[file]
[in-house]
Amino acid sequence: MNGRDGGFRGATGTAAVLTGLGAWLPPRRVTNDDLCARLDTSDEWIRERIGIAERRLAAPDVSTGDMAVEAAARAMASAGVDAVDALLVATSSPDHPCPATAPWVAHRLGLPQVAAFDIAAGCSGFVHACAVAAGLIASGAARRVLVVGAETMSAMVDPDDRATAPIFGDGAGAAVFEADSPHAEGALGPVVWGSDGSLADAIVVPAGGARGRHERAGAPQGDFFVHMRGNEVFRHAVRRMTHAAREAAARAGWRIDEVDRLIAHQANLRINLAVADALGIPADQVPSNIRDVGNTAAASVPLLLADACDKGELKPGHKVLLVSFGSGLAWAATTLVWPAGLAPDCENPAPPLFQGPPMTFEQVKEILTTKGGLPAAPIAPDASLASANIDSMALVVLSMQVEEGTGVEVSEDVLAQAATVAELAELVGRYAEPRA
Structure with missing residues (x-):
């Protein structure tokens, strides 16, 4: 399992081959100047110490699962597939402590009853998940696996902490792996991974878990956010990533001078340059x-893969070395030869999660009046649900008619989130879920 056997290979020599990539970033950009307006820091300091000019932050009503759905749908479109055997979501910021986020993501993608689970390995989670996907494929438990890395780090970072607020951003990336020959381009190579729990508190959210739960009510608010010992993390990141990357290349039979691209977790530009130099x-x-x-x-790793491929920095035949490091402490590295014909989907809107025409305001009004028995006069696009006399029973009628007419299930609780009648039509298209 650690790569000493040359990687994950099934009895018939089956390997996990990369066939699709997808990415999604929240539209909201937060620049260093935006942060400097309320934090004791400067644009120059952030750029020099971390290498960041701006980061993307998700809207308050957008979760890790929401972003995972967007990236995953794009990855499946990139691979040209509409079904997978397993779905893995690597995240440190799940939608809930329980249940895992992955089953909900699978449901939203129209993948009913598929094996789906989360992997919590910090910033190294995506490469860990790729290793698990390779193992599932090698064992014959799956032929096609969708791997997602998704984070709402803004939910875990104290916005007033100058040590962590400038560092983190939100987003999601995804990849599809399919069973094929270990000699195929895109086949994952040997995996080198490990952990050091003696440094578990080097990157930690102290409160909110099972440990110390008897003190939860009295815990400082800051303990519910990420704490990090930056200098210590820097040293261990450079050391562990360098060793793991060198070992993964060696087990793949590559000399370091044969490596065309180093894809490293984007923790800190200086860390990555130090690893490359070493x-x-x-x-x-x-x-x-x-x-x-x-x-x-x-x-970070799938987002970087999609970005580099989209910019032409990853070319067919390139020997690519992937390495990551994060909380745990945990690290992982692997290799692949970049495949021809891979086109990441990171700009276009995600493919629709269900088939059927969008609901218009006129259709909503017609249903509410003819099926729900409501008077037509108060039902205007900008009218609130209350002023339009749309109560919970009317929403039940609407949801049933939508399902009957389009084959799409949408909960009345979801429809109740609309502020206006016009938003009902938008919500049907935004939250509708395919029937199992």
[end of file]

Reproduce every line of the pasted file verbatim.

[in-house]
Amino acid sequence: MNGRDGGFRGATGTAAVLTGLGAWLPPRRVTNDDLCARLDTSDEWIRERIGIAERRLAAPDVSTGDMAVEAAARAMASAGVDAVDALLVATSSPDHPCPATAPWVAHRLGLPQVAAFDIAAGCSGFVHACAVAAGLIASGAARRVLVVGAETMSAMVDPDDRATAPIFGDGAGAAVFEADSPHAEGALGPVVWGSDGSLADAIVVPAGGARGRHERAGAPQGDFFVHMRGNEVFRHAVRRMTHAAREAAARAGWRIDEVDRLIAHQANLRINLAVADALGIPADQVPSNIRDVGNTAAASVPLLLADACDKGELKPGHKVLLVSFGSGLAWAATTLVWPAGLAPDCENPAPPLFQGPPMTFEQVKEILTTKGGLPAAPIAPDASLASANIDSMALVVLSMQVEEGTGVEVSEDVLAQAATVAELAELVGRYAEPRA
Structure with missing residues (x-):
């Protein structure tokens, strides 16, 4: 399992081959100047110490699962597939402590009853998940696996902490792996991974878990956010990533001078340059x-893969070395030869999660009046649900008619989130879920 056997290979020599990539970033950009307006820091300091000019932050009503759905749908479109055997979501910021986020993501993608689970390995989670996907494929438990890395780090970072607020951003990336020959381009190579729990508190959210739960009510608010010992993390990141990357290349039979691209977790530009130099x-x-x-x-790793491929920095035949490091402490590295014909989907809107025409305001009004028995006069696009006399029973009628007419299930609780009648039509298209 650690790569000493040359990687994950099934009895018939089956390997996990990369066939699709997808990415999604929240539209909201937060620049260093935006942060400097309320934090004791400067644009120059952030750029020099971390290498960041701006980061993307998700809207308050957008979760890790929401972003995972967007990236995953794009990855499946990139691979040209509409079904997978397993779905893995690597995240440190799940939608809930329980249940895992992955089953909900699978449901939203129209993948009913598929094996789906989360992997919590910090910033190294995506490469860990790729290793698990390779193992599932090698064992014959799956032929096609969708791997997602998704984070709402803004939910875990104290916005007033100058040590962590400038560092983190939100987003999601995804990849599809399919069973094929270990000699195929895109086949994952040997995996080198490990952990050091003696440094578990080097990157930690102290409160909110099972440990110390008897003190939860009295815990400082800051303990519910990420704490990090930056200098210590820097040293261990450079050391562990360098060793793991060198070992993964060696087990793949590559000399370091044969490596065309180093894809490293984007923790800190200086860390990555130090690893490359070493x-x-x-x-x-x-x-x-x-x-x-x-x-x-x-x-970070799938987002970087999609970005580099989209910019032409990853070319067919390139020997690519992937390495990551994060909380745990945990690290992982692997290799692949970049495949021809891979086109990441990171700009276009995600493919629709269900088939059927969008609901218009006129259709909503017609249903509410003819099926729900409501008077037509108060039902205007900008009218609130209350002023339009749309109560919970009317929403039940609407949801049933939508399902009957389009084959799409949408909960009345979801429809109740609309502020206006016009938003009902938008919500049907935004939250509708395919029937199992």